To ensure your device lifeline is always there and in top health – no matter what the reason or situation – Kaspersky Security Cloud keeps your connection safe and secure:

·         I want to use my device while waiting for a friend – is it secure to access the bar’s Wi-Fi?

With Kaspersky Security Cloud, devices are protected against network threats, even if the user needs to use insecure public Wi-Fi hotspots. This is done through transferring data via an encrypted channel to ensure personal data safety, so users’ devices are protected on any connection.

·         Oh no! I’m bored but my phone’s battery is getting low – what am I going to do?

Users can track their battery level thanks to a countdown of how many minutes are left until their device shuts down in the Kaspersky Security Cloud interface. There is also a wide-range of portable power supplies available to keep device batteries charged while on-the-go.

·         I’ve lost my phone! How will I keep myself entertained now?

Should the unthinkable happen and you lose or have your phone stolen, Kaspersky Security Cloud can track and protect your device from data breaches, for complete peace of mind. Remote lock and locate features ensure your device remains secure until you are reunited.

 

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Five key biometric facts

Due to their uniqueness, fingerprints are being used more and more to quickly identify and ensure the security of customers. CLAUDE LANGLEY, Regional Sales Manager, for Africa at HID Global Biometrics, outlines five facts about the technology.

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How many times in a day are you expected to identify yourself? From when you arrive at work you are required to sign in, visiting your bank, receiving healthcare services… The list is endless. When a system knows who you are, you are able to do any number common, everyday activities. Your identity is unique and precious. It is also easily stolen and the target of many hackers across the globe. Technology is constantly evolving alongside the criminal element, always looking for ways to protect data and identity. One such solution happens to be biometrics and it is rapidly gaining traction in our increasingly complex modern world.

Reliable, secure and fundamentally YOU, unique biometric traits such as fingerprints are being used by banks, enterprises and consumers to verify identity. Biometric solutions offer significant identity protection because they use unique biological details to ensure an account is only accessed by the account holder, a door only opened by the owner. Here are five things that are little known about this technology…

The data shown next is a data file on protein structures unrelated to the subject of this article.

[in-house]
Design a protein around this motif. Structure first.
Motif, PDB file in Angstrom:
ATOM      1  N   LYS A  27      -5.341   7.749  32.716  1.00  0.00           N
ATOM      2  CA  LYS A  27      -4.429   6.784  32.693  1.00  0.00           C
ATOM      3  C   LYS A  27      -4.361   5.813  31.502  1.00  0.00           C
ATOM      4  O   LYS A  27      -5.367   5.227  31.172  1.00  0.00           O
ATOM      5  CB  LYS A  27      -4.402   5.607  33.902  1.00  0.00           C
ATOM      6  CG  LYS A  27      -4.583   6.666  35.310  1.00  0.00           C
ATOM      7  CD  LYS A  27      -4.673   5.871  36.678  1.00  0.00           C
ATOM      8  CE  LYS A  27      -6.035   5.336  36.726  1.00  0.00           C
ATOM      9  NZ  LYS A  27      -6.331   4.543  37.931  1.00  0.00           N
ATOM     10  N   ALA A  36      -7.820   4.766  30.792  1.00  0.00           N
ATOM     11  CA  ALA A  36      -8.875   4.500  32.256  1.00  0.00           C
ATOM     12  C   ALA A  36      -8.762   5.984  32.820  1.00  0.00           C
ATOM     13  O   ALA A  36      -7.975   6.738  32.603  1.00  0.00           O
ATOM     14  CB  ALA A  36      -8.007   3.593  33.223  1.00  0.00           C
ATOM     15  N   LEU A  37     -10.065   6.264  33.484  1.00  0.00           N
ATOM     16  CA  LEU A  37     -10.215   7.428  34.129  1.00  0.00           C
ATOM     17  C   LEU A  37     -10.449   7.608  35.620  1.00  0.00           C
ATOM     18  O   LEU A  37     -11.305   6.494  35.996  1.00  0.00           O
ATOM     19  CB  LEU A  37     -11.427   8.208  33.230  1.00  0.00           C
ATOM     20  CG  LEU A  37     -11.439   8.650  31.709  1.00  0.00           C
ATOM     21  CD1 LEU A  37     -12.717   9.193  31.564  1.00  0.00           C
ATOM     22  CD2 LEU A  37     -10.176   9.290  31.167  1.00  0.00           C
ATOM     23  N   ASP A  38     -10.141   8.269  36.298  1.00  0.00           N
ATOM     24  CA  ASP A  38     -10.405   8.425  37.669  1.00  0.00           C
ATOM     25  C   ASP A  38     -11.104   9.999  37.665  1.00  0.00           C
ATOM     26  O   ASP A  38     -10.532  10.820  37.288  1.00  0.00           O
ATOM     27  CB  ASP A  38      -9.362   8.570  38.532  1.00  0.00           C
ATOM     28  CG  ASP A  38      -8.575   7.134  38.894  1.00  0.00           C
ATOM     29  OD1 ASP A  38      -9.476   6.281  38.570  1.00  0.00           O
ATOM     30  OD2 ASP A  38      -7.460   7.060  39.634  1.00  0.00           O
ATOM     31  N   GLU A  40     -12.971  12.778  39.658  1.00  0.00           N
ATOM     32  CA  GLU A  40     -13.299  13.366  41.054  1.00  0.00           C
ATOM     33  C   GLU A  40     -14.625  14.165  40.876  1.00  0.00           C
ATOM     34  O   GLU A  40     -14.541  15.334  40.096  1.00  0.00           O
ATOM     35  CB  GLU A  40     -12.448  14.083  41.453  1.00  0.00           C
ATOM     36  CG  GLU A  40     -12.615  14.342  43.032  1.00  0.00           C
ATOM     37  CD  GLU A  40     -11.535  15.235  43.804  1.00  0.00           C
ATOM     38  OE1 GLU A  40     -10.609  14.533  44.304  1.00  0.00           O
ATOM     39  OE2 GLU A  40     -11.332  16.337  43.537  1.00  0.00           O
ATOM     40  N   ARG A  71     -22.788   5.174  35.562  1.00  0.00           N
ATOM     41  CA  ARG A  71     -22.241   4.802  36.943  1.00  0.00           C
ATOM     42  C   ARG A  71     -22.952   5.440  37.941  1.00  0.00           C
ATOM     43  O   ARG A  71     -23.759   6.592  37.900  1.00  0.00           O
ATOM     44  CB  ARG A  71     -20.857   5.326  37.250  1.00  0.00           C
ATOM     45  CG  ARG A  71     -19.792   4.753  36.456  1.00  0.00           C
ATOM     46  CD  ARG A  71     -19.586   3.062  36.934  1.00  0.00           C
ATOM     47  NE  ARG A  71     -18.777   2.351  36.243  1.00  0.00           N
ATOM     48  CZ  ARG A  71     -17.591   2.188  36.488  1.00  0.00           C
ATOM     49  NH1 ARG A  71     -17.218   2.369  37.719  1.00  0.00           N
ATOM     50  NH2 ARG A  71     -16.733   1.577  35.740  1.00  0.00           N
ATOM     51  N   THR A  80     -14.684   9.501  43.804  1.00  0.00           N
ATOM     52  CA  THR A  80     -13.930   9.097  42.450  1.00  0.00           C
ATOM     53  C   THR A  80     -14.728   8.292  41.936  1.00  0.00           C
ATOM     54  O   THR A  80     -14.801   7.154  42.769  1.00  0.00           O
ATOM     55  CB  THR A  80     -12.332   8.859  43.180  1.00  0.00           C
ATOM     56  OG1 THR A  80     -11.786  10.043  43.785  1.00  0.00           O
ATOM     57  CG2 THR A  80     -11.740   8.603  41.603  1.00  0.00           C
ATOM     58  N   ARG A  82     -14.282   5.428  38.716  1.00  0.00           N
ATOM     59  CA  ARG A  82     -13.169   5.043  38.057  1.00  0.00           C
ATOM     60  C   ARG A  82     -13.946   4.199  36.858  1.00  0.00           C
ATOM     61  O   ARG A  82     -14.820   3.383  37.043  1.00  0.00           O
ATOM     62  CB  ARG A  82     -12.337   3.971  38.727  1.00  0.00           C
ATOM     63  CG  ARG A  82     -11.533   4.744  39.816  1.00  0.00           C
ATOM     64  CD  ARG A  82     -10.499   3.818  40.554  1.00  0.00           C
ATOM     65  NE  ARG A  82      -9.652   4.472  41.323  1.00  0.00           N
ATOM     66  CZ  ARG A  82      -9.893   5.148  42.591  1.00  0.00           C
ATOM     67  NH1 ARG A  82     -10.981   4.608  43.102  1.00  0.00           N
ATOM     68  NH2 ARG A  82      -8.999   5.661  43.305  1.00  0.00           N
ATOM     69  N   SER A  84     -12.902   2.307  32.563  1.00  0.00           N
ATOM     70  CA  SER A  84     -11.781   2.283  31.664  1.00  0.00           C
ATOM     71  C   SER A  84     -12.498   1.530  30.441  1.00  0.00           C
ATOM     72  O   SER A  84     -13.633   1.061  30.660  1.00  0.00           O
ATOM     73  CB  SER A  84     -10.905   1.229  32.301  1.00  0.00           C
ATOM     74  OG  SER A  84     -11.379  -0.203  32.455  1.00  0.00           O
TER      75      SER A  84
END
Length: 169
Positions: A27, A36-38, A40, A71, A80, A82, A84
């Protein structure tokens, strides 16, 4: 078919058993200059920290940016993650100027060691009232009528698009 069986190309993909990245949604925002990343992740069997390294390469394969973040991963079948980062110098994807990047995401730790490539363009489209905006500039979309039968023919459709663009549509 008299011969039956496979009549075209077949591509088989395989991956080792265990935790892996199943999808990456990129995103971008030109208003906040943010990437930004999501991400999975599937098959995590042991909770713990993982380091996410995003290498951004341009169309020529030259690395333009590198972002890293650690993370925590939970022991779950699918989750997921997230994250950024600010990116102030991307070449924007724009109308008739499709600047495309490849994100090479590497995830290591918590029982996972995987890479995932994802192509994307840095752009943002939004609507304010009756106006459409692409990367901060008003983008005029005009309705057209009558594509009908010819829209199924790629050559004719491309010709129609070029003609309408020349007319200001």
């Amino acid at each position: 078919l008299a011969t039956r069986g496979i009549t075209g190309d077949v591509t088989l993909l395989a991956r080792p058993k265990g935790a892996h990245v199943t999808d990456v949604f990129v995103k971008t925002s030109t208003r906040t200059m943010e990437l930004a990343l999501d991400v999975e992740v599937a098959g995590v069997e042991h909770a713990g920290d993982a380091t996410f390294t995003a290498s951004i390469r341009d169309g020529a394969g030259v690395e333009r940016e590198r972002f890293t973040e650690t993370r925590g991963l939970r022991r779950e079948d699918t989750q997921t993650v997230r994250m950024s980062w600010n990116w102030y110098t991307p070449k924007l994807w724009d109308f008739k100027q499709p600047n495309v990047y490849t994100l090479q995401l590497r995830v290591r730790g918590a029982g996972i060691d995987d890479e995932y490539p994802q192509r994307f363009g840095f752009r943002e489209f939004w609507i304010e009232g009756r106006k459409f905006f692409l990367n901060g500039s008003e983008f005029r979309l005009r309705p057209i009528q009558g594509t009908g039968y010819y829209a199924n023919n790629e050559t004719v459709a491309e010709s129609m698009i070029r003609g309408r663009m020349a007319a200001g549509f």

• The uncut identity. Your fingerprint is unique to you. Nobody can use a copy of it to impersonate you. Good technology is capable of scanning down into the layers of the fingertip to differentiate unique elements of a person’s fingerprint, this data is then encrypted and used as a key to unlocking whichever physical or virtual door that the biometric system protects.
  • The living proof. No, there is nothing to the stories of fingerprints being used without their owner’s knowledge or permission. Biometric solutions can use specific variables to determine if the finger used to access the system is that of a present, living person.  A copy or a fake cannot be used to access a cutting-edge biometric solution.
  • Easy and convenient. Queues and documents and paperwork may well be a thing of the past should biometrics take a firmer grip of government and banking systems. The process of registering is easy, and access to identity documents and records is yours alone.
  • Security blanket. A thousand passwords and a hundred post-it notes stuck on walls and drawers.  An excel file with a list of sites and applications and their corresponding passwords, all a thing of the past.  Nobody needs to remember their password with biometrics, they only need to show up.
  • Anywhere is cool. Schools, airports, networks, offices, homes, toilets, banks, libraries, governments, border controls, immigration services, call centres, hospitals and even clubs and pubs – knowing “who” matters and biometrics can quickly and conveniently confirm your identity where needed.